Beating burnout

It’s 1am and you’re still on your laptop, replying to emails. There’s been a crisis at work, and some clients on the other side of the world are seriously annoyed, which could lead to the loss of a very important contract – a contract you manage.

The night before, you worked late too, after the kids’ soccer games in the rain, and the weekend isn’t looking any better work-wise. Dinner hasn’t made it from your plate to your stomach, but coffee is sounding good.

Fast forward to a month later, when you and your sore head and stressed foggy brain realise you can’t do this anymore. You’re totally, utterly, burned out.

Burnout, whether it’s caused by work or by bigger picture life issues, can lead to some very serious health issues and long-term consequences. How to beat it before it beats you?

Look for a cause

To address burnout, first you must know what’s causing it. Here are some common culprits:

  • A lack of control over your job, home life, or both. An inability to stick to a schedule, or complete chaos where every day changes on a whim, causing you a great deal of stress as you constantly reorganise everyone around you.

  • A dysfunctional workplace. Few things are as stressful and hard to manage as difficult or adverse human behaviour, and the impact this can have on the workplace and on individuals should not be underestimated. There are so many things wrong with someone else’s behaviour towards you being behind your burnout.

  • A full-on day, every day. If your work does not allow for the normal ebbs and flow of energy – think, the 3pm slump – and you’re operating at supersonic speed or chaotically for hours, if not days, on end, it can lead to fatigue. Equally full-on are jobs that are completely monotonous where there’s not even variety to change things up.

  • Work-life balance, or lack thereof. Often strived for but not always achieved, the modern work-life balance is a precarious act, in part thanks to modern technology that can literally put more work in your pocket when you’re nowhere near the office.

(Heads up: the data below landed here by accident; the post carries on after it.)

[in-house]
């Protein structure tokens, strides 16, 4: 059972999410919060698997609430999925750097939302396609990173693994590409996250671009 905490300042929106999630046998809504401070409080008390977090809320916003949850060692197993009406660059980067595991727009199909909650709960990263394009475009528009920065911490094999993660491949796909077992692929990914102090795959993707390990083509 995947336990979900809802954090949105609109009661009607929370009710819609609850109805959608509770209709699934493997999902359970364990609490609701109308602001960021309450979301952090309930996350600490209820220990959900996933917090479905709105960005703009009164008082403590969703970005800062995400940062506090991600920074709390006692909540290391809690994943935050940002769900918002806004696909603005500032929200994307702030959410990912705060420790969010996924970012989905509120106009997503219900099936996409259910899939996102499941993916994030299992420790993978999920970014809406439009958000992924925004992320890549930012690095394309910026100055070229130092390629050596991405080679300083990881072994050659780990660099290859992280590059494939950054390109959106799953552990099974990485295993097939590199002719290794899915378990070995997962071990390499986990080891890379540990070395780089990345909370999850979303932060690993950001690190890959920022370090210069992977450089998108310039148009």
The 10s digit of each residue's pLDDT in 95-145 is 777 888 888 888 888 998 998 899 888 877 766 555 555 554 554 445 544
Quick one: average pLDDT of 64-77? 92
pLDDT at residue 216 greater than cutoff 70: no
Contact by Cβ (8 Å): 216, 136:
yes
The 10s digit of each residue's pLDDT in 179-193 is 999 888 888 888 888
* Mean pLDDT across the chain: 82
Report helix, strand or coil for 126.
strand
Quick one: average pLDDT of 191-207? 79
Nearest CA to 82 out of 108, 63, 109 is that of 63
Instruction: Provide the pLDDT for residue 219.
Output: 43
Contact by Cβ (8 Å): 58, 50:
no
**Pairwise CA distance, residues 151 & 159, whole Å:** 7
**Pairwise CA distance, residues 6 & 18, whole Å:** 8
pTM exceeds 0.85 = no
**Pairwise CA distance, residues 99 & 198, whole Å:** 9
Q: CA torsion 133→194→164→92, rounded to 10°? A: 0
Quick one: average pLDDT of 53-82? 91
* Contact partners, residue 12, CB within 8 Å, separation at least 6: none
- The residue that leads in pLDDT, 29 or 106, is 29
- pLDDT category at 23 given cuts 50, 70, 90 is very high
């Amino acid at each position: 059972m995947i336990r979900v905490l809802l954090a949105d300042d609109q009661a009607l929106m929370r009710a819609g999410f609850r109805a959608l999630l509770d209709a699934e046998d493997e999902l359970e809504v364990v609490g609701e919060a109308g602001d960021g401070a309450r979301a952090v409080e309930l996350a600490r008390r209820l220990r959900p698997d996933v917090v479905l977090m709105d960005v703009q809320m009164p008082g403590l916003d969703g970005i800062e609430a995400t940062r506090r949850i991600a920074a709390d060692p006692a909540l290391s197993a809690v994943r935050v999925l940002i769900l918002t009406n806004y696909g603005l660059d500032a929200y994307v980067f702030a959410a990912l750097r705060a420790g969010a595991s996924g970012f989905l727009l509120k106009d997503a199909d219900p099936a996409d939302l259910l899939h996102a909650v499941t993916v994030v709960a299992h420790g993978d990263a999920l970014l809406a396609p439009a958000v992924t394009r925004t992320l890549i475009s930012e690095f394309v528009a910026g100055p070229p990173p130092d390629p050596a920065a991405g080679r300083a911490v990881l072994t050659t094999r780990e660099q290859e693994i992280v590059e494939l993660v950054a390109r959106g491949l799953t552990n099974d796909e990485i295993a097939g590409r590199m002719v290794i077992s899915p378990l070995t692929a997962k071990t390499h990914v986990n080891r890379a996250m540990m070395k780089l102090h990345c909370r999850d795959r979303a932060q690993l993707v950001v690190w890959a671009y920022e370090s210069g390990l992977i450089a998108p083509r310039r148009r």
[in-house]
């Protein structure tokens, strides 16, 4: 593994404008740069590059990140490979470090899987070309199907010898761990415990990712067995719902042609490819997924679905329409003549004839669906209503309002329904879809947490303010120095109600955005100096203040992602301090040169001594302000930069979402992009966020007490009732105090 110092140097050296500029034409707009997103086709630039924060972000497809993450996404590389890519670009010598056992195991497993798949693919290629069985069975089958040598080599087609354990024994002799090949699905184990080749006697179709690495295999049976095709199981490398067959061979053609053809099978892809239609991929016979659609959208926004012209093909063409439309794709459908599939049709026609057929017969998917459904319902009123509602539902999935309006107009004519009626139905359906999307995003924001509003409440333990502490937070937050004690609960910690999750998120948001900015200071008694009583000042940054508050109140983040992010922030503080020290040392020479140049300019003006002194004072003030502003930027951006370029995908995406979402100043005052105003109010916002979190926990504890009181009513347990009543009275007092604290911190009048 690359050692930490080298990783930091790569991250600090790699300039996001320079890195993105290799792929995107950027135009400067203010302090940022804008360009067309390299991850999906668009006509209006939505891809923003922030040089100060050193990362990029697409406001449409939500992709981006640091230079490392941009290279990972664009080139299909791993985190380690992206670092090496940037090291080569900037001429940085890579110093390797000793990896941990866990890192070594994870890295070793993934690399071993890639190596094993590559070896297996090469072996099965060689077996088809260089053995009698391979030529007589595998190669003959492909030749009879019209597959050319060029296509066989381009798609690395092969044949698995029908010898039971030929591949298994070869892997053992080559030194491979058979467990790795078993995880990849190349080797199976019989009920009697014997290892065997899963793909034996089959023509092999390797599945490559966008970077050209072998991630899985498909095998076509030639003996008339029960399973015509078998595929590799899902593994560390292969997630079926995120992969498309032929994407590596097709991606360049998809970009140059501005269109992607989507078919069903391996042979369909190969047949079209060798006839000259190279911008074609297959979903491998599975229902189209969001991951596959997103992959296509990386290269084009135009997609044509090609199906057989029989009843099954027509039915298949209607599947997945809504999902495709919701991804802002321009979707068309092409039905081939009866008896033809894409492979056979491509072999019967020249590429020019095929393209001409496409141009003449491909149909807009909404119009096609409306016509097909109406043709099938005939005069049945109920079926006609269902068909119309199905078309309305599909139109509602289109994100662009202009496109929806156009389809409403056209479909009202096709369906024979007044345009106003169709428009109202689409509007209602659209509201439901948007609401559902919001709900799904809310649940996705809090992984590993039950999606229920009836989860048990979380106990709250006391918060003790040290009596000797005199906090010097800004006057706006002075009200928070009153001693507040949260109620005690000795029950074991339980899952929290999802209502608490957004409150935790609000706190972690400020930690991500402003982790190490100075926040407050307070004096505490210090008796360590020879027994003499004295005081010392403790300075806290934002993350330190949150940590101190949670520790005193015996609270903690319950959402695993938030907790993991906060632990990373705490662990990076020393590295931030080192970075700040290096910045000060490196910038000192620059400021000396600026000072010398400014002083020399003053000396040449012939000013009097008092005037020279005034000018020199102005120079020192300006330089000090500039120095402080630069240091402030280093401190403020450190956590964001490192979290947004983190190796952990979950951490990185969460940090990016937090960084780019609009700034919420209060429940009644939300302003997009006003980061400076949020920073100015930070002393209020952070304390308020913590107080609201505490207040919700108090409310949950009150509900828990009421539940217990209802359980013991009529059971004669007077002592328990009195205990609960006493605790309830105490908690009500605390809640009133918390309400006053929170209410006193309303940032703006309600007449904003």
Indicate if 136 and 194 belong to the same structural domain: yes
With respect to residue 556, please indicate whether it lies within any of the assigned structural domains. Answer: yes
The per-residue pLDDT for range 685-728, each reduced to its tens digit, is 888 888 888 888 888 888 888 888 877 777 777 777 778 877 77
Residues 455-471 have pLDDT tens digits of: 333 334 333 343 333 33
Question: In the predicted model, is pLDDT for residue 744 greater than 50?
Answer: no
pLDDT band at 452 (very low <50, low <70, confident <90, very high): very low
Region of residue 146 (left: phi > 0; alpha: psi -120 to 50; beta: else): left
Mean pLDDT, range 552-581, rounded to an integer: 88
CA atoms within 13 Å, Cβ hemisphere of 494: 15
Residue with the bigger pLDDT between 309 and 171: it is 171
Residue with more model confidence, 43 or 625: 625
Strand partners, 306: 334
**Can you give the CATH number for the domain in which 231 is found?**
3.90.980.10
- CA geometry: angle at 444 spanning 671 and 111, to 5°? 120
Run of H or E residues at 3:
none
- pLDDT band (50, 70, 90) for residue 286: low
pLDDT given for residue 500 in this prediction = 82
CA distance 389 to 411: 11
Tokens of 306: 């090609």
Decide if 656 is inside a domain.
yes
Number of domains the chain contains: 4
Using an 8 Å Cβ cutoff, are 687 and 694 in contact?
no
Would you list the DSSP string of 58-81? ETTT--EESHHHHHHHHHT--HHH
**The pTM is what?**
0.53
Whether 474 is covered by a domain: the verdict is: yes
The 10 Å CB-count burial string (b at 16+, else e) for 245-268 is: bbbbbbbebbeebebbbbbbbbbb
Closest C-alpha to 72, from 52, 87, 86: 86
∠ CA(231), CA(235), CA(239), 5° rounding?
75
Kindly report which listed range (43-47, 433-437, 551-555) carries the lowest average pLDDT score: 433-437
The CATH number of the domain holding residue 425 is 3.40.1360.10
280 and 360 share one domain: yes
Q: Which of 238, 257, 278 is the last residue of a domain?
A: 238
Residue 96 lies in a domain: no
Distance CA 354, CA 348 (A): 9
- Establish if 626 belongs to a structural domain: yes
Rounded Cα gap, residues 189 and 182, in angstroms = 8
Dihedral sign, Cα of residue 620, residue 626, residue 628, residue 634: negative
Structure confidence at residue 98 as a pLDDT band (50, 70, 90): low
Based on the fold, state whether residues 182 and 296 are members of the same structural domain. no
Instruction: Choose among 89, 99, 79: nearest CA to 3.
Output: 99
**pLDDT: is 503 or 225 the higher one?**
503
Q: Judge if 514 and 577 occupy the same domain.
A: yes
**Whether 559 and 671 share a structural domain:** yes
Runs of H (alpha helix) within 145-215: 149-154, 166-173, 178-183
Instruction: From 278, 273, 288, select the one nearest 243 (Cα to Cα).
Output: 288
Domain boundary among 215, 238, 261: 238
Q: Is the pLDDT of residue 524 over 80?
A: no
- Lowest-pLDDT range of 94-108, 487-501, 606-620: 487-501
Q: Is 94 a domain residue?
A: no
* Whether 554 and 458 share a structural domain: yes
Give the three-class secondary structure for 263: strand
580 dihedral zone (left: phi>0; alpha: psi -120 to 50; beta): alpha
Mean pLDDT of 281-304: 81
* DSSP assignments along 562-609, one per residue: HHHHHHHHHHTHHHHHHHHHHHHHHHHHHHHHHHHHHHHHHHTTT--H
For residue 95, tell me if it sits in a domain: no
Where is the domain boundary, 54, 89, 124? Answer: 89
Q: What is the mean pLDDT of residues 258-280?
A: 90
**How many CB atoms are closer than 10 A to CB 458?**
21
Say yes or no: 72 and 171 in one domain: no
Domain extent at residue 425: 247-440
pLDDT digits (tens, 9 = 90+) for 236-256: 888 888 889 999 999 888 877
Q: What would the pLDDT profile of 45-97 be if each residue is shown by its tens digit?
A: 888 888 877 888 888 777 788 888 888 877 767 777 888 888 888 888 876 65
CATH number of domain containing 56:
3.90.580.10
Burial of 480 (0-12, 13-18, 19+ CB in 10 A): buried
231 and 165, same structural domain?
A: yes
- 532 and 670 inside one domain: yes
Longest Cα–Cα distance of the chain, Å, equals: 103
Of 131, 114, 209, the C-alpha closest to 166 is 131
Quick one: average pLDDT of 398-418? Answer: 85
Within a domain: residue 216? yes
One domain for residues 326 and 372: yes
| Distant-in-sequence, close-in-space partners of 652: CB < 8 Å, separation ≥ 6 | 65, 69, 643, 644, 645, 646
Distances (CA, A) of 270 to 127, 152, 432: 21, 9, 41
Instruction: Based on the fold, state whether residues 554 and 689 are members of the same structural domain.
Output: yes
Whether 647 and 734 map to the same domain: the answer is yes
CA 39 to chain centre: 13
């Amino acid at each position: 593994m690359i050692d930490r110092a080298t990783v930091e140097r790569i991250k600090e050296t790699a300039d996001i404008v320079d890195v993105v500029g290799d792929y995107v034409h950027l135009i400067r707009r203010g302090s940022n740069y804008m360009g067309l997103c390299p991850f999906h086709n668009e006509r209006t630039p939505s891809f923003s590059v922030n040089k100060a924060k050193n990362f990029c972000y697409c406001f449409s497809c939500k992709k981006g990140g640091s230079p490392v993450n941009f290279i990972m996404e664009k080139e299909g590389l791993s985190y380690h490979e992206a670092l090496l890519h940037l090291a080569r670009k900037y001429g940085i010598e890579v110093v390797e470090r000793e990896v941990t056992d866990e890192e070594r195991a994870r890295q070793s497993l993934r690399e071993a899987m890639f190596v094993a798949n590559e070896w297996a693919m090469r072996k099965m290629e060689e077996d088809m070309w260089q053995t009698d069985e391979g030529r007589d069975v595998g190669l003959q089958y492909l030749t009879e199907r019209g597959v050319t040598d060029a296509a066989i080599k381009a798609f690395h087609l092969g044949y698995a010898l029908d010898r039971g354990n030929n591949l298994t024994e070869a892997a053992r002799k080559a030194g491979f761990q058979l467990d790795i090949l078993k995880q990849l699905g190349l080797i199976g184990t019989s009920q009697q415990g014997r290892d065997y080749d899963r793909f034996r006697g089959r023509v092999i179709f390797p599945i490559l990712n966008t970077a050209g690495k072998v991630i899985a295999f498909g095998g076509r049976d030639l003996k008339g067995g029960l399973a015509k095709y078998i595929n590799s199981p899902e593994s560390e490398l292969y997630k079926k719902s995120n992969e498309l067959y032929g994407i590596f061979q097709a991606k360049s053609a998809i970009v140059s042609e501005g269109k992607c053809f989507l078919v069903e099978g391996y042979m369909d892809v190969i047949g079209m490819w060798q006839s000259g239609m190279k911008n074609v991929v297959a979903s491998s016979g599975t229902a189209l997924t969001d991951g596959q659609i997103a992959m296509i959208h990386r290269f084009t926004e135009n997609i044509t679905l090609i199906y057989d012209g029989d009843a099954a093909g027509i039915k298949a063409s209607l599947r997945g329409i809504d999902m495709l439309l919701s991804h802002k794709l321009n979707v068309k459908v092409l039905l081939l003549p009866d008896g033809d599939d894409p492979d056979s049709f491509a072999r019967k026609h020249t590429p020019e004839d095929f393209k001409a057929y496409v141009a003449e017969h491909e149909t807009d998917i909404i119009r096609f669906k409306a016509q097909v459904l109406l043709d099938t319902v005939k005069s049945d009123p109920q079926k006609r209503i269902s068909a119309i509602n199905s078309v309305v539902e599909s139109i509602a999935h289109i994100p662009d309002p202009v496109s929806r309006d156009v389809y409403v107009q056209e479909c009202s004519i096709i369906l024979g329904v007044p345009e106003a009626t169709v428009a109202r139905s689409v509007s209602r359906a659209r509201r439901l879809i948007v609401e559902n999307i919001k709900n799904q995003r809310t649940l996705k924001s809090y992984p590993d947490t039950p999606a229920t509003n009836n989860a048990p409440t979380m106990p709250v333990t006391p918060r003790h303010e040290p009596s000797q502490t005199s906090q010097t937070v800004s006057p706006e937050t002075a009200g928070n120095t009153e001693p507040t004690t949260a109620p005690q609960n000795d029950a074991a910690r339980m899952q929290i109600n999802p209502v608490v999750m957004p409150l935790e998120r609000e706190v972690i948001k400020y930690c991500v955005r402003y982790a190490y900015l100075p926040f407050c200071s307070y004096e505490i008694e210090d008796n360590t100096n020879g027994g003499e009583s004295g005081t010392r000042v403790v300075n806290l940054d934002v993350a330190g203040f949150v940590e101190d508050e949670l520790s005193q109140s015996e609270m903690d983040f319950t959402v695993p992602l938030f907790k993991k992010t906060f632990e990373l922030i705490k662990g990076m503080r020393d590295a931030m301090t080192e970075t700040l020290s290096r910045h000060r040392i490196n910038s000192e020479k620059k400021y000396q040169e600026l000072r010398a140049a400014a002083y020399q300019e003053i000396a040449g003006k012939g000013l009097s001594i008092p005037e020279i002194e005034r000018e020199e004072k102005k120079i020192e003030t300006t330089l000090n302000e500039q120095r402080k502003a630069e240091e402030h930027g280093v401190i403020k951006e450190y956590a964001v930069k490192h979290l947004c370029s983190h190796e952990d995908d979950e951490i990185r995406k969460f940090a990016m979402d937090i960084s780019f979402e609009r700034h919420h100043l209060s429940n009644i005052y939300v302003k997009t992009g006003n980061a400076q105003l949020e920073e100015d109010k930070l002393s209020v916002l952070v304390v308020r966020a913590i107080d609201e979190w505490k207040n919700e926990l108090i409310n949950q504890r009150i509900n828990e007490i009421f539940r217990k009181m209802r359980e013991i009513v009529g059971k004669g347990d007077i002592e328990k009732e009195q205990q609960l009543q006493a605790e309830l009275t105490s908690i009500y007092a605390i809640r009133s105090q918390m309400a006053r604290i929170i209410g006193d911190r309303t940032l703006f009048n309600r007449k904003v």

Get a vivid and draw some big fat boundaries

Or, switch off your phone and let everyone at work know that it will not be turned on again until 9am the next morning.

If work is eating up all the other parts of your life, from the phone ringing endlessly while you’re in the shower to constant emails streaming in during your kids’ sports games – each beep raising your blood pressure just another notch - then it’s time to set some boundaries. 

Here are some tips on how to leave work at work, and live your life at home.

What did mum always say?

Eat a balanced diet, get plenty of sleep, exercise, drink lots of water – such simple life necessities are so often being overlooked, which naturally leads to burnout. 

Making sure that your health is a priority can be hard, particularly when balancing work, family and other commitments, but it’s essential. Small (or big) steps towards looking after your health to beat burnout could be to:

  • Carve out time in every day to take a lunch time walk, leave the office for a coffee or exercise after work. 

  • Find a way to make healthy eating a normal part of every day. If you can’t make your own healthy lunch then find a cafe with healthy, delicious food, order a pre-packed fresh food dinner kit for your family, or even choose fruit and sushi at the supermarket, rather than yet another muesli bar at your desk.

  • Turn off your phone, laptop and tablet way, way before you go to bed. It’s well-known that glaring screens can be a cause of insomnia.

  • Use up those hours of annual leave and treat your family to a holiday away, or a holiday at home. Make it long enough to be able to leave your hectic routine and reflect on what needs to change.

Find help and support

Don’t let burnout get to the point where you’re on extended sick leave. There is help available if you need it, and seeking it out early is better than leaving it and suffering serious health effects later, as well as impacts on career and personal life. 

Support could come from:

  • A trusted friend of family member

  • A workplace supervisor, counsellor or support programme

  • Your GP

  • A careers mentor or other professional.

Is it time to shake things up?

If, once you’ve had a good look at why your burnout has occurred, all signs point directly to your job or workplace, then perhaps it really is time for a big career change. Here are some other ways to know when it’s time to move on from a job.

Work smarter, not harder

If a change of job is not the right thing for you, then look at whether you can make a change to how you’re working to give you the work/life balance you need.

Here are some tips, and inspiration we prepared earlier: